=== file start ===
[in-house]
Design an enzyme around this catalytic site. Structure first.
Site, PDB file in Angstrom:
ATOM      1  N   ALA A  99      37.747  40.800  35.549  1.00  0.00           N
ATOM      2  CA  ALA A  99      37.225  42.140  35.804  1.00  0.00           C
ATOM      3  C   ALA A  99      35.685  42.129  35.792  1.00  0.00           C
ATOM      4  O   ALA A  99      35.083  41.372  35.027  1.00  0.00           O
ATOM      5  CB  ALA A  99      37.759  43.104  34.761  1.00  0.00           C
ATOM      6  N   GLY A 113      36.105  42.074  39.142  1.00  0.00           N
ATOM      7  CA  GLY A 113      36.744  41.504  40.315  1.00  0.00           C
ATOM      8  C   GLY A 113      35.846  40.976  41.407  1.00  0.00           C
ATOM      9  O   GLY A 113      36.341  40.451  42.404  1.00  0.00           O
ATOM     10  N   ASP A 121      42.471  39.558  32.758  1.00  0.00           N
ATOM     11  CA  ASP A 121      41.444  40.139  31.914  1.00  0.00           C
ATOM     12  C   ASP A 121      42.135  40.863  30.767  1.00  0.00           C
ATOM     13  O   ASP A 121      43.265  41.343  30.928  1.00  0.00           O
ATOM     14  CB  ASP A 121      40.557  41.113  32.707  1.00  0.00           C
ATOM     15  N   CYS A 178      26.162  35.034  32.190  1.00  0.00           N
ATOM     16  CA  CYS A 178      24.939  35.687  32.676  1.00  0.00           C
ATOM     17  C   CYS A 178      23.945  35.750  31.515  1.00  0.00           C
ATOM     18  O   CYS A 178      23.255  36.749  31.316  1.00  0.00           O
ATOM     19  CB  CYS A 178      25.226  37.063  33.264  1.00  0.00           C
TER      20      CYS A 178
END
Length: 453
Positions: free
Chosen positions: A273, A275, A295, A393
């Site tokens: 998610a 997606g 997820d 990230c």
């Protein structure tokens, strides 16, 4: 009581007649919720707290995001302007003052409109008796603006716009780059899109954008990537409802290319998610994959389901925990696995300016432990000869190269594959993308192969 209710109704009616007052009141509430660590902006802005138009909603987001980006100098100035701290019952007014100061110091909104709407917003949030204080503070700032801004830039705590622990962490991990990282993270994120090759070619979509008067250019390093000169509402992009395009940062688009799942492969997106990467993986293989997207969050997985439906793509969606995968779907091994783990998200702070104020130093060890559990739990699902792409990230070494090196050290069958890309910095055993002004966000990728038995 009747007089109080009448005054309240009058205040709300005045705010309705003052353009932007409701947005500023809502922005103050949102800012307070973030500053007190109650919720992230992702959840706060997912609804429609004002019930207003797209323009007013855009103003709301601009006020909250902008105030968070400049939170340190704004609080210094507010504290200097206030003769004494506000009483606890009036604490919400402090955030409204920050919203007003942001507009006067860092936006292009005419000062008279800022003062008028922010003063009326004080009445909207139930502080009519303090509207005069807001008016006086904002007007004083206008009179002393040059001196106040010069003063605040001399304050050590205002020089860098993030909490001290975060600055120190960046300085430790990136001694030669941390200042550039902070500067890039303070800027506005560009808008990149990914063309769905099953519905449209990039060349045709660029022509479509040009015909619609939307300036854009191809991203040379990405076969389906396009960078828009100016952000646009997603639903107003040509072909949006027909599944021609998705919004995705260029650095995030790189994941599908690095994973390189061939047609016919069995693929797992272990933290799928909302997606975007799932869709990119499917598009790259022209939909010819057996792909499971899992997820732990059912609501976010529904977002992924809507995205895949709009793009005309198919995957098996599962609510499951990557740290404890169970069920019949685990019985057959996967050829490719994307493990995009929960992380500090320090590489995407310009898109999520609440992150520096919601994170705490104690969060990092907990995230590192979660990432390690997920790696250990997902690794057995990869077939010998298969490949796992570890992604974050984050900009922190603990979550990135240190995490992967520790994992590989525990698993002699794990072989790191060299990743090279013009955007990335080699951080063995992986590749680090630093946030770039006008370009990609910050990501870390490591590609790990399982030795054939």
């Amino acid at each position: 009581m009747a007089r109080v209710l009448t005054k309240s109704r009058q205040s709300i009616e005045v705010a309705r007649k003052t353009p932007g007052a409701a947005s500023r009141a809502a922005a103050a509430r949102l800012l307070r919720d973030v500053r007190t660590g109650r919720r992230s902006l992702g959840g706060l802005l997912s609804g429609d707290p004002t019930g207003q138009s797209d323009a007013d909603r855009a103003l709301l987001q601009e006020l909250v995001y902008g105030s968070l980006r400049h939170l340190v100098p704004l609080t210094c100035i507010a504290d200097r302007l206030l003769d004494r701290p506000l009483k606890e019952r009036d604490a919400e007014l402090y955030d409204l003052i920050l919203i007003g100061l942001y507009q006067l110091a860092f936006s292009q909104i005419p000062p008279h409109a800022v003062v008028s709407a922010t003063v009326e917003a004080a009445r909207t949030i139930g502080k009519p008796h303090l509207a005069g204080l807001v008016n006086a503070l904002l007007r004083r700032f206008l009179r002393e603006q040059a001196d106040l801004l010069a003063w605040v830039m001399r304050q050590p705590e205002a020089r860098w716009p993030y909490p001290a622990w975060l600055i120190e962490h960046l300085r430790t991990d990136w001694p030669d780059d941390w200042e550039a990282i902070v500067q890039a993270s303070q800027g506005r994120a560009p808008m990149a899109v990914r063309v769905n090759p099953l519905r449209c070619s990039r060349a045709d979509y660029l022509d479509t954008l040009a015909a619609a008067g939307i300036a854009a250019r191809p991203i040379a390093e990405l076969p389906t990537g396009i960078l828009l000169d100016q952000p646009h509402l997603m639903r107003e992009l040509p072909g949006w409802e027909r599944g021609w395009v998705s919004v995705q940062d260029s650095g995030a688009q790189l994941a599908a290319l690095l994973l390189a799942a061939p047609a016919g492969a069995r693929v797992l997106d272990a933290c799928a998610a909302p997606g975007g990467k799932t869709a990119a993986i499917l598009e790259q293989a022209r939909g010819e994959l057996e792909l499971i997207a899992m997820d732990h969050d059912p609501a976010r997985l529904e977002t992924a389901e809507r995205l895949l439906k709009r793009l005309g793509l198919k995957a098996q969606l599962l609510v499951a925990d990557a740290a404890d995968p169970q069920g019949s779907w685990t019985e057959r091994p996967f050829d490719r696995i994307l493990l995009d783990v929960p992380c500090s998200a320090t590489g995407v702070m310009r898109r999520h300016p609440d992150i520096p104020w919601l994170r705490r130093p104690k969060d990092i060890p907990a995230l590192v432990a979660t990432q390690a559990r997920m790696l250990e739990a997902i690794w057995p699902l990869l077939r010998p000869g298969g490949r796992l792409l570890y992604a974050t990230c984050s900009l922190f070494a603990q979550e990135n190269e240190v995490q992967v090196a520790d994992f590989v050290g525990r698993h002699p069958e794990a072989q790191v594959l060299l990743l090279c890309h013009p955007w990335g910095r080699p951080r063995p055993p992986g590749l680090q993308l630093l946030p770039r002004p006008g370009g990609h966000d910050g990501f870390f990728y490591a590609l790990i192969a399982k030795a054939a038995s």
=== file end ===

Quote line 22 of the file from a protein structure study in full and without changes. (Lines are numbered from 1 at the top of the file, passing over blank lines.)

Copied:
ATOM     19  CB  CYS A 178      25.226  37.063  33.264  1.00  0.00           C